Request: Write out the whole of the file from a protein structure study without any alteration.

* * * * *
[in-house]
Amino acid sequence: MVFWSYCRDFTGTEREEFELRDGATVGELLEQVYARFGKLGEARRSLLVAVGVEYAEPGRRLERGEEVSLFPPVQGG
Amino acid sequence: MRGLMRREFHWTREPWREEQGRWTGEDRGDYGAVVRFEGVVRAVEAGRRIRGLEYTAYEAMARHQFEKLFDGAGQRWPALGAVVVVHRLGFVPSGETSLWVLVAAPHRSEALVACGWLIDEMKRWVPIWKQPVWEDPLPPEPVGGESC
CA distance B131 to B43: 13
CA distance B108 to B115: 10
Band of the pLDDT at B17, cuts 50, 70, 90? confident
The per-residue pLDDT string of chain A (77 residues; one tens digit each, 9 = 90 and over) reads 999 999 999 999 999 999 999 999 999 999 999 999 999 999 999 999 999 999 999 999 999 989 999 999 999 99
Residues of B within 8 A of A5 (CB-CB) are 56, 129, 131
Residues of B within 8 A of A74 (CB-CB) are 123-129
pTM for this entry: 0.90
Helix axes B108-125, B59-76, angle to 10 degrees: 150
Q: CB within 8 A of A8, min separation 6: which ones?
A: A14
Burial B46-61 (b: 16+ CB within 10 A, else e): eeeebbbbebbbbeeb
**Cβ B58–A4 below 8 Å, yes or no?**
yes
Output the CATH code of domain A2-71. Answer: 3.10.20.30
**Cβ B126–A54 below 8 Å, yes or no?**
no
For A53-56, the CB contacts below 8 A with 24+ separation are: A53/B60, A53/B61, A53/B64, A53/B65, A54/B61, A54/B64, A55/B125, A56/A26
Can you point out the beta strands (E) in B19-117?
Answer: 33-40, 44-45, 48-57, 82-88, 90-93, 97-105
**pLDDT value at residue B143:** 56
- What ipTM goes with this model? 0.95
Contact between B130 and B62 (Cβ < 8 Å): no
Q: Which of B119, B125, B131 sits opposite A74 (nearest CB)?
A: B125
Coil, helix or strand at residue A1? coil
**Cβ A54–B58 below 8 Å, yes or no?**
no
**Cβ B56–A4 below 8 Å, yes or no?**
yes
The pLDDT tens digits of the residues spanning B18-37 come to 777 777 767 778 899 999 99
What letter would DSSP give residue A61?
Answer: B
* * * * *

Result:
[in-house]
Amino acid sequence: MVFWSYCRDFTGTEREEFELRDGATVGELLEQVYARFGKLGEARRSLLVAVGVEYAEPGRRLERGEEVSLFPPVQGG
Amino acid sequence: MRGLMRREFHWTREPWREEQGRWTGEDRGDYGAVVRFEGVVRAVEAGRRIRGLEYTAYEAMARHQFEKLFDGAGQRWPALGAVVVVHRLGFVPSGETSLWVLVAAPHRSEALVACGWLIDEMKRWVPIWKQPVWEDPLPPEPVGGESC
CA distance B131 to B43: 13
CA distance B108 to B115: 10
Band of the pLDDT at B17, cuts 50, 70, 90? confident
The per-residue pLDDT string of chain A (77 residues; one tens digit each, 9 = 90 and over) reads 999 999 999 999 999 999 999 999 999 999 999 999 999 999 999 999 999 999 999 999 999 989 999 999 999 99
Residues of B within 8 A of A5 (CB-CB) are 56, 129, 131
Residues of B within 8 A of A74 (CB-CB) are 123-129
pTM for this entry: 0.90
Helix axes B108-125, B59-76, angle to 10 degrees: 150
Q: CB within 8 A of A8, min separation 6: which ones?
A: A14
Burial B46-61 (b: 16+ CB within 10 A, else e): eeeebbbbebbbbeeb
**Cβ B58–A4 below 8 Å, yes or no?**
yes
Output the CATH code of domain A2-71. Answer: 3.10.20.30
**Cβ B126–A54 below 8 Å, yes or no?**
no
For A53-56, the CB contacts below 8 A with 24+ separation are: A53/B60, A53/B61, A53/B64, A53/B65, A54/B61, A54/B64, A55/B125, A56/A26
Can you point out the beta strands (E) in B19-117?
Answer: 33-40, 44-45, 48-57, 82-88, 90-93, 97-105
**pLDDT value at residue B143:** 56
- What ipTM goes with this model? 0.95
Contact between B130 and B62 (Cβ < 8 Å): no
Q: Which of B119, B125, B131 sits opposite A74 (nearest CB)?
A: B125
Coil, helix or strand at residue A1? coil
**Cβ A54–B58 below 8 Å, yes or no?**
no
**Cβ B56–A4 below 8 Å, yes or no?**
yes
The pLDDT tens digits of the residues spanning B18-37 come to 777 777 767 778 899 999 99
What letter would DSSP give residue A61?
Answer: B